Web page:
These truffles are truly amazing. I made them this year for my family for the holidays and they were gone in a flash.
Usually, when someone looks at truffles, they think they would be way too hard to make, but really they are one of the easiest bakery items to make, I promise.
This recipe is by Robert Linxe, and his truffles are the best I have ever tasted. It is wonderful that he is will to share his recipe with us.
When making truffles, I suggest wearing either medical gloves or really thin dish washing gloves. You can purchase them from either a grocery store or a drug store. You might think I am crazy for telling you this, but trust me, it is worth it. Use your bare hands, if you want too, but the gloves will be totally worth it, if you choose to wear them.
ETA: In truffles, even more than in other things, the quality of your chocolate is all important. I recommend Valhrona or Callebaut, depending on what’s easier for you to find… I get my Valhrona online, and Callebaut at Whole Foods. I prefer Valhrona for the truffles.
Deb from Smitten Kitchen also did Linxe’s truffles:
I have made truffles several times, and this is the recipe I use. It always turns out well.
- 10 ounces bittersweet chocolate, chopped fine
- 3 tablespoons unsalted butter
- 1/2 cup heavy cream
- 1 tablespoon light corn syrup
- 1/4 cup brandy
- 1/2 cup Dutch process cocoa powder, finely chopped nuts, and/or toasted coconut, for coating truffles
- 8 ounces semisweet or bittersweet chocolate, chopped fine
Place the 10 ounces of chocolate and butter in a medium size glass mixing bowl. Microwave for 30 seconds. Remove and stir, and repeat this process 1 more time. Set aside.
Heat the heavy cream and corn syrup in a small saucepan over medium heat until simmering. Remove from the heat and pour the mixture over the melted chocolate mixture; let stand for 2 minutes. Using a rubber spatula, stir gently, starting in the middle of bowl and working in concentric circles until all chocolate is melted and mixture is smooth and creamy. Gently stir in the brandy. Pour the mixture into an 8 by 8-inch glass baking dish and place in the refrigerator for 1 hour.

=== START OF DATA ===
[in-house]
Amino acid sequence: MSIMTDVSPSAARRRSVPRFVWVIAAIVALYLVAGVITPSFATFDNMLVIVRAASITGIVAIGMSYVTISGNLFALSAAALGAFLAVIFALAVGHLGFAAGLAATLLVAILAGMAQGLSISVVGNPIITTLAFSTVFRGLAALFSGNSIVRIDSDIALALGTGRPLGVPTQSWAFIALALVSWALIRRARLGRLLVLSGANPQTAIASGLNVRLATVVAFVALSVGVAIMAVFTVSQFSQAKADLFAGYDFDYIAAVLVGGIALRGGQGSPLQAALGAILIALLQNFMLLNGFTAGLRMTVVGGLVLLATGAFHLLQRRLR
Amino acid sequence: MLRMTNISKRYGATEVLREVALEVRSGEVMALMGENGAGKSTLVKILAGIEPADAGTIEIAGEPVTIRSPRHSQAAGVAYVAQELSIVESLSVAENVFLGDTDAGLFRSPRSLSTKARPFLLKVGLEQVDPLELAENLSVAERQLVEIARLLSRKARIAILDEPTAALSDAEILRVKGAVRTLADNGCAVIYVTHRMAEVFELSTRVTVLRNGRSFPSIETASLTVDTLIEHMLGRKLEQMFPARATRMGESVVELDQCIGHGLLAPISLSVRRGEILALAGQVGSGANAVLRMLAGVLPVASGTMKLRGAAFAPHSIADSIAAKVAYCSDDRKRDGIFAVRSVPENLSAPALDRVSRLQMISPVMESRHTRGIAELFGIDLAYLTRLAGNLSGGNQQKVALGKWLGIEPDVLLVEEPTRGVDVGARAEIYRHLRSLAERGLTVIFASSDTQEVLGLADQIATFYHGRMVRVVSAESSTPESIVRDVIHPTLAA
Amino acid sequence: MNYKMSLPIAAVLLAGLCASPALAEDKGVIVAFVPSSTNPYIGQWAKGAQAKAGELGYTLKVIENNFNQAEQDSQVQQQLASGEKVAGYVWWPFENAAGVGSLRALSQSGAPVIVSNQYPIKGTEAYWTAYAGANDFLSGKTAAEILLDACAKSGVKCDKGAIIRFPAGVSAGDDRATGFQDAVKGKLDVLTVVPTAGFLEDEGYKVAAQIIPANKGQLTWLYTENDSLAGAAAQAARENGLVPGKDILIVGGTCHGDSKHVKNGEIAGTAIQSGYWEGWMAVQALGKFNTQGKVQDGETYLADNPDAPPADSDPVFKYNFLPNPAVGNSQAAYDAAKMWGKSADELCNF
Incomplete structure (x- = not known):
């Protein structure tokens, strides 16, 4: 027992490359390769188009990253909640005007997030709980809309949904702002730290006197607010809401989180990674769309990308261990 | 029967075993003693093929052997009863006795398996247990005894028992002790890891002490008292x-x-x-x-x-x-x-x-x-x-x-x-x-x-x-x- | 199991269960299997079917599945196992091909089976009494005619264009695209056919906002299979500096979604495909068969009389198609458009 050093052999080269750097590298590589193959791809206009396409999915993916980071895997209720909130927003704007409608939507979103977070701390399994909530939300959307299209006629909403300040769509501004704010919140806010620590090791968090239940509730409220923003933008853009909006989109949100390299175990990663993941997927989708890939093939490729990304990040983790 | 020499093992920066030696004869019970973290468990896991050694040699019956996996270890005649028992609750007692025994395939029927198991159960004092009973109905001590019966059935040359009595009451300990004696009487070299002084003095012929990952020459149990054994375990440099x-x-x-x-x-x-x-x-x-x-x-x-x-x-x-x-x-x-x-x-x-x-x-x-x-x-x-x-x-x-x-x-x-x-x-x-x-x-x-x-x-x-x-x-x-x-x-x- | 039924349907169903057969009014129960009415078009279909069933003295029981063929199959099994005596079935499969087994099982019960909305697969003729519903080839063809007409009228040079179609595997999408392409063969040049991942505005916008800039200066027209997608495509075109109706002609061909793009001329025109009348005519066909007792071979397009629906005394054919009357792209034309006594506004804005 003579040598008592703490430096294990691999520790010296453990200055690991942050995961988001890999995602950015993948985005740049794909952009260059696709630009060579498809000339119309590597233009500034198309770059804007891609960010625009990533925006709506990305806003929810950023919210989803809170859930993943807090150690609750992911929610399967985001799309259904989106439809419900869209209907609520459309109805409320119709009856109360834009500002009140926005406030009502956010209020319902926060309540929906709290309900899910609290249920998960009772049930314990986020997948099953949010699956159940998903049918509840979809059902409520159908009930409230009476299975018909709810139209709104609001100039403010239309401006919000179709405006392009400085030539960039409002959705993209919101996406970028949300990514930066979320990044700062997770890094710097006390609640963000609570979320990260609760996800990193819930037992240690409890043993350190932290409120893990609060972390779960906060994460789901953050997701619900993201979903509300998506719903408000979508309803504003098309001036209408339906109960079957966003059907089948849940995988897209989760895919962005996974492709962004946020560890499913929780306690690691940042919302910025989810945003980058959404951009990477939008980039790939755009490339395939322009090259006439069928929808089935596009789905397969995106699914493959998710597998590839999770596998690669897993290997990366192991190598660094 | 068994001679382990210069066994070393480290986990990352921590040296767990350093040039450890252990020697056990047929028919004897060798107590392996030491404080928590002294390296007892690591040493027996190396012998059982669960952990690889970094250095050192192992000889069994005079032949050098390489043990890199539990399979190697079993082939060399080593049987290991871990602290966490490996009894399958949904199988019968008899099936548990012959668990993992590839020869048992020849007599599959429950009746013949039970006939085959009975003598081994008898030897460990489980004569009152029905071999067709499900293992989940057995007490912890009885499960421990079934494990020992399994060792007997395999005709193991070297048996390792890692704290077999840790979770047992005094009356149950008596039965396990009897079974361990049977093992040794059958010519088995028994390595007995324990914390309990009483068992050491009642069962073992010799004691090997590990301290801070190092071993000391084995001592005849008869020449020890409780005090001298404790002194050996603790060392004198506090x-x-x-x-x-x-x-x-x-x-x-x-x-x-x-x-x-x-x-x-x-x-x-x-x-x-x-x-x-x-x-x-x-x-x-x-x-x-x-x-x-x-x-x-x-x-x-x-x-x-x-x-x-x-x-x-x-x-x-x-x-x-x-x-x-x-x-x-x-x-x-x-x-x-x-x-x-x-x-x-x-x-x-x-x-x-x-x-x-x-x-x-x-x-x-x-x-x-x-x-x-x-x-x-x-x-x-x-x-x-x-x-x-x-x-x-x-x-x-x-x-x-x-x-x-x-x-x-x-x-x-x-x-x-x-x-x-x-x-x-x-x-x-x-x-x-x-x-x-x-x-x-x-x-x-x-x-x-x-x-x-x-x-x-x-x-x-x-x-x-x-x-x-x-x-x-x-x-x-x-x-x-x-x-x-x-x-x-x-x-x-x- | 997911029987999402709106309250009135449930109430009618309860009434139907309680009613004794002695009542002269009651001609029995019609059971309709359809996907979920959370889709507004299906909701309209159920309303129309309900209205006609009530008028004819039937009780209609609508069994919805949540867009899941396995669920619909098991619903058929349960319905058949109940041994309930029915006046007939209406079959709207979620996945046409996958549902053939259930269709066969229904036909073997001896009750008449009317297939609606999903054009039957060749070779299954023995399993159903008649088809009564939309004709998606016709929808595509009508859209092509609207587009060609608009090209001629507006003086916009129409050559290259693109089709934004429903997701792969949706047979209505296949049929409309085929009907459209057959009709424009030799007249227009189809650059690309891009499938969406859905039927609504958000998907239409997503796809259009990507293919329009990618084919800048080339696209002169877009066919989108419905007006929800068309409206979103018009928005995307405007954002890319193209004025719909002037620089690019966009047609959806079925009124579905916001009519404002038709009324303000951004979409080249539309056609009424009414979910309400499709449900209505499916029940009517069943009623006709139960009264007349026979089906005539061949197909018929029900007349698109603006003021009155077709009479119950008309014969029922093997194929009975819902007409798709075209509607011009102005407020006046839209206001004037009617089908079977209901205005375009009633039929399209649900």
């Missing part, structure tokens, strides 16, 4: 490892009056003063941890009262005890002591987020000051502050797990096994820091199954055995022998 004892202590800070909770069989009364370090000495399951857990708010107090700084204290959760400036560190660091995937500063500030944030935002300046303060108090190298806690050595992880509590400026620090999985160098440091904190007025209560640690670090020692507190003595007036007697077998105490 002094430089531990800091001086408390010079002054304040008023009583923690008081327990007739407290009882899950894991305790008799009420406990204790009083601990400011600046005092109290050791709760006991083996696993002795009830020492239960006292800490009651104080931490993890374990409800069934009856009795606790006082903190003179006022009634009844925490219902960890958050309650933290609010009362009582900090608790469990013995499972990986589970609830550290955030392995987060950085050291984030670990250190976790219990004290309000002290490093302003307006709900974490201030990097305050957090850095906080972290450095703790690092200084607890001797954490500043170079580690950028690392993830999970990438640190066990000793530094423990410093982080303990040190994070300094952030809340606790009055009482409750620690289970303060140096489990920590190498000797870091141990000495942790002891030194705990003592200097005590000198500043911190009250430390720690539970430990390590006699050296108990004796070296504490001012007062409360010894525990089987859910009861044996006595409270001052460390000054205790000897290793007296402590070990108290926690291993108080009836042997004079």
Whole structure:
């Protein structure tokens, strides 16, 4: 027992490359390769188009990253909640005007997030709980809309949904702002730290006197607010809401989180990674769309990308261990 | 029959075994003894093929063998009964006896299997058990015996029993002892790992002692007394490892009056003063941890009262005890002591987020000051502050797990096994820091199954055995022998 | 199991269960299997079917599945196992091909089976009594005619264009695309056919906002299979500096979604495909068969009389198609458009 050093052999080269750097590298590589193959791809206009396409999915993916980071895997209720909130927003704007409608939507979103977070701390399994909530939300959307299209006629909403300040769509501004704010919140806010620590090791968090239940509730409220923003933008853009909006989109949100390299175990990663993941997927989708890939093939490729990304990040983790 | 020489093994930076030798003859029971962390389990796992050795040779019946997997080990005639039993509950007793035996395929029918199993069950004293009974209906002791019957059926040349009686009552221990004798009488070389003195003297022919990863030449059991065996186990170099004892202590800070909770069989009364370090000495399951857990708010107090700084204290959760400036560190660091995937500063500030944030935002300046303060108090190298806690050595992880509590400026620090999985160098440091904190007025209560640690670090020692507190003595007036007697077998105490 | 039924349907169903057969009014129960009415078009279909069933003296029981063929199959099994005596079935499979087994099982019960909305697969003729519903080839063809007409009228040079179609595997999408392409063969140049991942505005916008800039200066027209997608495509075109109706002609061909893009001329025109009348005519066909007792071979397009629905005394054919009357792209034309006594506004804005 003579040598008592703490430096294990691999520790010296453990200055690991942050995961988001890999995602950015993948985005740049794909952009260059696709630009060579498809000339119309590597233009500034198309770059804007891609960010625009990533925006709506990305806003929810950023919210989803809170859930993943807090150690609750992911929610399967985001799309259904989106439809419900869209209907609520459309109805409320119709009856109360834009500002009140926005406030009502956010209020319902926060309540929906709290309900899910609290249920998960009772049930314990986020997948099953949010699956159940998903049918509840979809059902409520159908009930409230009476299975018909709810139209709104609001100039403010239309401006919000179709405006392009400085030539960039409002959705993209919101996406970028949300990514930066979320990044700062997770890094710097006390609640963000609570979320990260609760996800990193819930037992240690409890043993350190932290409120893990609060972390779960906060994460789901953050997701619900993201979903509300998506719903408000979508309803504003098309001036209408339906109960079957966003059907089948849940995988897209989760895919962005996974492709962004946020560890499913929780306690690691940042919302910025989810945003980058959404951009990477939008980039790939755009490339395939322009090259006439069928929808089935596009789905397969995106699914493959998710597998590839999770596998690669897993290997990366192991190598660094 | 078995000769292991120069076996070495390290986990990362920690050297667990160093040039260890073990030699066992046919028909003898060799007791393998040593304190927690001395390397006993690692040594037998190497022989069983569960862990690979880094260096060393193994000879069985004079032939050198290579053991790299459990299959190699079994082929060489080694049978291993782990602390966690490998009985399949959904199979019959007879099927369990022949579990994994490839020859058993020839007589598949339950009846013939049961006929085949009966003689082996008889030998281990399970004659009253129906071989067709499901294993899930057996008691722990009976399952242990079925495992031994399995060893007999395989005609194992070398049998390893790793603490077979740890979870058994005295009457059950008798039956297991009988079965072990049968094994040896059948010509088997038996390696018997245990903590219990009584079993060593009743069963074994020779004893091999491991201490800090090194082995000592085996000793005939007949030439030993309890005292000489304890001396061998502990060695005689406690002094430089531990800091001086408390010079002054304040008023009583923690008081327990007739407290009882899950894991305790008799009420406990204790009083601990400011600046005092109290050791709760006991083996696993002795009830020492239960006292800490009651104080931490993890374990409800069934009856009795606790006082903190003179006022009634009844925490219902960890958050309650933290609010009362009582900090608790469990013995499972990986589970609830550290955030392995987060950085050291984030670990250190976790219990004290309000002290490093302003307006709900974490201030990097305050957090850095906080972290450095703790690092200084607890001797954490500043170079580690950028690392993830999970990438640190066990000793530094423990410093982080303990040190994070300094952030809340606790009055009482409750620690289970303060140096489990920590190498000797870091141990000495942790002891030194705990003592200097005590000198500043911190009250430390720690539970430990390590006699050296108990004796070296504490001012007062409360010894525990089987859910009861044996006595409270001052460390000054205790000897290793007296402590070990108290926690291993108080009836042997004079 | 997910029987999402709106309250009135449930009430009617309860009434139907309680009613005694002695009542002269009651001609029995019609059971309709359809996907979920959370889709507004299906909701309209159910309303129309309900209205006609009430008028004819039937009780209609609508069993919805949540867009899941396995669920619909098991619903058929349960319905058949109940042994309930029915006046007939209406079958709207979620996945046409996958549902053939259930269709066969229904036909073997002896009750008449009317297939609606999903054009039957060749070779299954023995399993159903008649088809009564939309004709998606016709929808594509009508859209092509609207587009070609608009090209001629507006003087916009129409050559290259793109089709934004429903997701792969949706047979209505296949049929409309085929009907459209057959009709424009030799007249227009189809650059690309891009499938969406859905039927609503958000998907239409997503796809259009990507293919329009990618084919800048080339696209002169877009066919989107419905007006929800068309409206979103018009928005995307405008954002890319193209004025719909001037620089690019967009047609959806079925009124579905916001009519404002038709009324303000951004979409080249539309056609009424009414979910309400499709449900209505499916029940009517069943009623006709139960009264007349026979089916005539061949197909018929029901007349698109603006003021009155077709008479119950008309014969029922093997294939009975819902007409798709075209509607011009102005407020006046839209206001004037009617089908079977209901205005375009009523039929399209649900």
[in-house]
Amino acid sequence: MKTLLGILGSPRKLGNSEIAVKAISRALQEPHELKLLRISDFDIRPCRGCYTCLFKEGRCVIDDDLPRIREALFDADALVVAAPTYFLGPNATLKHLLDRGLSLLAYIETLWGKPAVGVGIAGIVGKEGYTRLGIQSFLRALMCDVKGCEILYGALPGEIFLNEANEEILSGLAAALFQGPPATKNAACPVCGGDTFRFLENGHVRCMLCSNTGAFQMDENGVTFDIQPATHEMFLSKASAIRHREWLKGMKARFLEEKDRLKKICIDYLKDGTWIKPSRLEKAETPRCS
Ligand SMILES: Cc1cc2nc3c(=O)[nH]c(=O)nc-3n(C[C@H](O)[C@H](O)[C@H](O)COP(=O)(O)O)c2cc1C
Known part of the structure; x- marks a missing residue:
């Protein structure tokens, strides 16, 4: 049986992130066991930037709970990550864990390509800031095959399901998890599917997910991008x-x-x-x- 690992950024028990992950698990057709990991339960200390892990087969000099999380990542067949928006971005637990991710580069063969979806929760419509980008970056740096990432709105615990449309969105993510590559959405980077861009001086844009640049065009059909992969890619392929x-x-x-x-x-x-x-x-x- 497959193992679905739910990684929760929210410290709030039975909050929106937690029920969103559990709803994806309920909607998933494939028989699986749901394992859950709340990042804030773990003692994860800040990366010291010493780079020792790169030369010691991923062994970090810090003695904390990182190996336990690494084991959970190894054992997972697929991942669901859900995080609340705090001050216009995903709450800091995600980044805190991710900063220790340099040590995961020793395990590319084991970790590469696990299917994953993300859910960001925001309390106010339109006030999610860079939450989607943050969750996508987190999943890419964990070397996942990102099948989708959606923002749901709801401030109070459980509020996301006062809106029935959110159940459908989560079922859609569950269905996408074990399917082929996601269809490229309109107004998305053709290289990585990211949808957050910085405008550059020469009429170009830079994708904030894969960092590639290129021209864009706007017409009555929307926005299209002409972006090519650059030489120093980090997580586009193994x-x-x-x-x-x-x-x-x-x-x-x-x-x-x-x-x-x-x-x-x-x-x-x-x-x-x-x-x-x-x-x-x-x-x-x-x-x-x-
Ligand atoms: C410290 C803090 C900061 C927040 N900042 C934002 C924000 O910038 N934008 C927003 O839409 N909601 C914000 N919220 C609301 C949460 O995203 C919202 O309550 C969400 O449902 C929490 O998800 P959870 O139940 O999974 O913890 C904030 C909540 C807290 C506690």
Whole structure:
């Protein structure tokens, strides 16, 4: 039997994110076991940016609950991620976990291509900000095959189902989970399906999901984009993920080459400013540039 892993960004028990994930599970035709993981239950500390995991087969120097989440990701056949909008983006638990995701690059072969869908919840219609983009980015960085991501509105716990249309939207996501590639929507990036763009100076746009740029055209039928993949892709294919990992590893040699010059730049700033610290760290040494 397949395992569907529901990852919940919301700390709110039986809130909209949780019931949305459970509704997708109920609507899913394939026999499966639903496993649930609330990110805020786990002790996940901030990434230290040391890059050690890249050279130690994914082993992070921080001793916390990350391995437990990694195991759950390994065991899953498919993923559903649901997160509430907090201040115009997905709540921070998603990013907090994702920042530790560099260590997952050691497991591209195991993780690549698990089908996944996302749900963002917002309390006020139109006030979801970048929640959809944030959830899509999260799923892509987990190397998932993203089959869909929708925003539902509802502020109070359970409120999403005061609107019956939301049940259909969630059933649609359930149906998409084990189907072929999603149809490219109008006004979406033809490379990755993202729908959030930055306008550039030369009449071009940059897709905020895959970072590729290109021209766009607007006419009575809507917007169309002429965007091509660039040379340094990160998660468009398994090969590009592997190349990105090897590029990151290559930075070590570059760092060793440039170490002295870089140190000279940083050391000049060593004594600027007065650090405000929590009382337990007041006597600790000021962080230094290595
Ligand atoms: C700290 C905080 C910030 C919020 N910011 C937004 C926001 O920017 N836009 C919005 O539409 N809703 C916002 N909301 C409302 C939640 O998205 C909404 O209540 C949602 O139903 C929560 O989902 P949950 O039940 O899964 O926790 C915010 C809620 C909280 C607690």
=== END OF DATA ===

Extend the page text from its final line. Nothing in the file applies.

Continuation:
Using a melon baller, scoop chocolate onto a sheet pan lined with parchment paper and return to the refrigerator for 30 minutes.
Place the cocoa powder, nuts, and/or toasted coconut each in its own pie pan and set aside.
While you are waiting for your mixture to cool, place the 8 ounces of chocolate into a medium mixing bowl which is sitting on top of a heating pad lined bowl, with the heating pad set to medium. Depending on the heating pad, you may need to adjust the heat up or down; you could also use a double broiler; that is what I do. Stirring the chocolate occasionally, test the temperature of the chocolate and continue heating until it reaches 90 to 92 degrees F; do not allow the chocolate to go above 94 degrees F. If you do, the coating will not have a nice snap to it when you bite into the chocolate. Once you have reached the optimal temperature, adjust the heat to maintain it.
Remove the truffles from the refrigerator and shape into balls by rolling between the palms of your hands. Use powder-free vinyl or latex gloves, if desired. I use a very small ice-cream scoop to dip into the batter, then I shape the mixture into a ball.
Dip an ice cream scoop into the chocolate and turn upside down to remove excess chocolate. Place truffles 1 at time into the scoop and roll around until coated. Then place the truffle into the dish with either the cocoa powder, nuts or coconut. Move the truffle around to coat; leave truffle in the coating for 10 to 15 seconds before removing. In the meantime, continue placing the chocolate-coated truffles in the cocoa or other secondary coating. After 10 to 15 seconds, remove the truffle to a parchment lined sheet pan. Repeat until all truffles are coated. Allow to set in a cool dry place for at least 1 hour; or store in an airtight container in the refrigerator. Truffles are best when served at room temperature.
The only difference between these (French truffles) and chocolate covered ones is a coating of chocolate instead of powdered sugar/cocoa. For that you just melt some chocolate in a double-boiler and carefully coat each truffle. If you want them to sit flat, then place them on parchment paper to set and if you want them round I'd suggest a wire rack or something. As long as it sets quickly, you'll be just fine. The biggest tip I can give you is to have COLD hands! If it starts getting messy, dip them in ice water and dry them off as often as you need to.